New bug spray "crystals" can help wipe out malaria

Deltamethrin, a common insecticide for malaria prevention, can be improved through simple heating and cooling.
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Supply chain problems and interruptions in public health services caused by the pandemic are threatening recent strides in malaria prevention; one study in Nature predicts that 2020’s malaria burden could double.

Each year there are millions of cases of malaria-borne by mosquitoes, the deadliest animals in history — deadly enough that none less than Anthony Fauci has endorsed wiping them out. Hundreds of thousands of people die every year from mosquito-borne diseases, the majority children under 5 years old, and hundreds of millions are sickened.

Malaria prevention efforts have made great strides in recent years, but there were causes for concern even before the pandemic, including the menace of insecticide-resistant mosquitoes.

To rebuild our anti-mosquito arsenal, chemists at NYU have found that a simple way of processing the common insecticide deltamethrin can hone it into an even deadlier weapon against the pests. Turned into a crystal, the insecticide becomes up to 12 times more effective, knocking down the bloodsuckers fast.

Deltamethrin “faces an uncertain future, threatened by developing resistance of mosquitoes,” the researchers wrote in PNAS. You’ve likely heard of bacterial superbugs, resistant to antibiotics? Well, these are literal superbugs.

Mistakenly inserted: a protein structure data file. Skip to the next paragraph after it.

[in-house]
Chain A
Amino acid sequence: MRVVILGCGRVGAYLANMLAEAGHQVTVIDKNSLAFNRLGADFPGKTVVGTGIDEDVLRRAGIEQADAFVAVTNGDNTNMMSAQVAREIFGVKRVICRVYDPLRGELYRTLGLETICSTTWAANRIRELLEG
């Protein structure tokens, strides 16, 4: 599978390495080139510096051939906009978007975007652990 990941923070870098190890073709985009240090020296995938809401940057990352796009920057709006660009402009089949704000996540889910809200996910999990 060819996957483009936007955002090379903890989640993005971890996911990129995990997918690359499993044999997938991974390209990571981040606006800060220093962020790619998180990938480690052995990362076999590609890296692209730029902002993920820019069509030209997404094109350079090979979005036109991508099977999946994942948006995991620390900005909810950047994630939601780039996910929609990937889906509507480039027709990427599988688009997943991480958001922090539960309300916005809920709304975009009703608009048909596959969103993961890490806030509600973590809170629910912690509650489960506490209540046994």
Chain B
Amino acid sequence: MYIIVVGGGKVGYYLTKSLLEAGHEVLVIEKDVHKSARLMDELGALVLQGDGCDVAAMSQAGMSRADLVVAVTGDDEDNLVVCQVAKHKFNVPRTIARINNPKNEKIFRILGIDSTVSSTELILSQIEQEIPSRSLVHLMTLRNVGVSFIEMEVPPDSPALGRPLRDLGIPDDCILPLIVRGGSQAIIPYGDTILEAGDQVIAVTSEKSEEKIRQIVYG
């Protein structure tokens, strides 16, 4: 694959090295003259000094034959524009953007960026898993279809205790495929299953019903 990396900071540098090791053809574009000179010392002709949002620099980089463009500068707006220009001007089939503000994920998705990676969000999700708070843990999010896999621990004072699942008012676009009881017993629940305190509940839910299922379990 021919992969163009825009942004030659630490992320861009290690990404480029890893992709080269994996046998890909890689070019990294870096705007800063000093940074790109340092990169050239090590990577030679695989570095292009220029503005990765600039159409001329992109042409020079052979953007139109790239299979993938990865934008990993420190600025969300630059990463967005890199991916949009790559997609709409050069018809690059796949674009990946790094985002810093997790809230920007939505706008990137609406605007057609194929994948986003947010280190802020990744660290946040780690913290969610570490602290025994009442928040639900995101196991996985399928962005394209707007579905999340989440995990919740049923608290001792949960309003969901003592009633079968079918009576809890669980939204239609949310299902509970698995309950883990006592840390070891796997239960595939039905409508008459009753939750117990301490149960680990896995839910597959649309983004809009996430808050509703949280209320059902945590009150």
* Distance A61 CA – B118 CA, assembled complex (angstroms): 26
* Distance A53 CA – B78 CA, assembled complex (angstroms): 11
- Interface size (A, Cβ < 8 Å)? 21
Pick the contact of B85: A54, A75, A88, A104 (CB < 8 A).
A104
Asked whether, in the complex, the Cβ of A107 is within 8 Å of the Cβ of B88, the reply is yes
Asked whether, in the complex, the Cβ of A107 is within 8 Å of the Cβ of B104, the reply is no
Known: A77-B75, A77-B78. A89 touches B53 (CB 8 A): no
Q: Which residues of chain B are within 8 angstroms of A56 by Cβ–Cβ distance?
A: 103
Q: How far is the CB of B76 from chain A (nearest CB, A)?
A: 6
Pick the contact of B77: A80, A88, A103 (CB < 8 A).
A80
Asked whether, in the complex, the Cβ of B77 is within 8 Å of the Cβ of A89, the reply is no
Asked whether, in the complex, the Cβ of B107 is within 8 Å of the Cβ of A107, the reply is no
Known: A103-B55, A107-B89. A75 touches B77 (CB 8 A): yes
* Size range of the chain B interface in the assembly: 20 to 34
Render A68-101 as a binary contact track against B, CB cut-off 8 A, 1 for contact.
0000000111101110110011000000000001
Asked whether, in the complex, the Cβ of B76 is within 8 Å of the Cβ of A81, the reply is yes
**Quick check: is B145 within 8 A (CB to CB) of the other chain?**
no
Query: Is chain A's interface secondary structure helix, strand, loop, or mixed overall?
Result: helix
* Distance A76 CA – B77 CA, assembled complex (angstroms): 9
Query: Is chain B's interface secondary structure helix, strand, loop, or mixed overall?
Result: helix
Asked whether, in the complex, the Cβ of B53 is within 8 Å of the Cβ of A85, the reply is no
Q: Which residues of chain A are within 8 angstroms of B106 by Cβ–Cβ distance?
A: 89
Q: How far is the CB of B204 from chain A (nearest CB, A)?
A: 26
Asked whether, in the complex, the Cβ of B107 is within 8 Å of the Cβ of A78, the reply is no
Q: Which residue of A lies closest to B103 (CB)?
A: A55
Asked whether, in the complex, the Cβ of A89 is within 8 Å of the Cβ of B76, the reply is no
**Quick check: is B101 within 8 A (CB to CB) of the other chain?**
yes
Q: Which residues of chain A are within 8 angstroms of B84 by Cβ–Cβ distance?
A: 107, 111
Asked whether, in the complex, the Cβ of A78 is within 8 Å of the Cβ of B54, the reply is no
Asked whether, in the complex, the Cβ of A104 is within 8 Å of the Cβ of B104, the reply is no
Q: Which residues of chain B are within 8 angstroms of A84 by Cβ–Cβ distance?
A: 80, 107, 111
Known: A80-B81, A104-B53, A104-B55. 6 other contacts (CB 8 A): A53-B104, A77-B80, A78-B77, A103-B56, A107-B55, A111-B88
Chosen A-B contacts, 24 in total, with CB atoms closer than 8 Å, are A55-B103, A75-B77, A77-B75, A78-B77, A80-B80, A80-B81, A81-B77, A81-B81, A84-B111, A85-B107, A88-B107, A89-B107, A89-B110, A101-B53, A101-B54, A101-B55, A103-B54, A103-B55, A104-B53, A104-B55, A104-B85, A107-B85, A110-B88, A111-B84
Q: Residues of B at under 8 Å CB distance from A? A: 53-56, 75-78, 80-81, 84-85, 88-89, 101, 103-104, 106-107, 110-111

Many malaria prevention insecticides come in crystal forms, according to NYU. Sprayed across bed nets and inside homes, crystal insecticides act like tiny, spiky caltrops, sinking in through the mosquito’s feet while they creep-crawl around and killing them.   

By heating deltamethrin to 110°C/230°F for a few minutes and cooling it down to room temperature, the NYU team was able to form a different crystal, with long, protruding fibers around a central point. 

When two types of malaria-bearing mosquitoes — Anopheles quadrimaculatus and Aedes aegypti, if you wanna get Inside Baseball — and fruit flies were exposed to the new crystal insecticide, they died 12 times faster than with usual deltamethrin. Speed is of the essence in malaria prevention; knocking them down quickly means limiting the spread of the disease.

The new crystals also remained stable and effective for at least three months.

“The simple preparation of this new crystal form of deltamethrin, coupled with its stability and markedly greater efficacy, shows us that the new form can serve as a powerful and affordable tool for controlling malaria and other mosquito-borne diseases,” NYU chemistry professor Micahel Ward said in a university release.

As the race continues to find new forms of malaria prevention against ever-hardier bloodsuckers — including mosquito-repellent clothes and GMO mosquitoes — the ability to improve existing weapons can provide an important stopgap.

The pandemic may prove the fragility of those gains.

“Improvements in malaria control are needed as urgently as ever during the global COVID-19 crisis,” NYU chemist Bart Kahr said.

“We need public health measures to curtail both infectious diseases, and for malaria, this includes more effective insecticides.”

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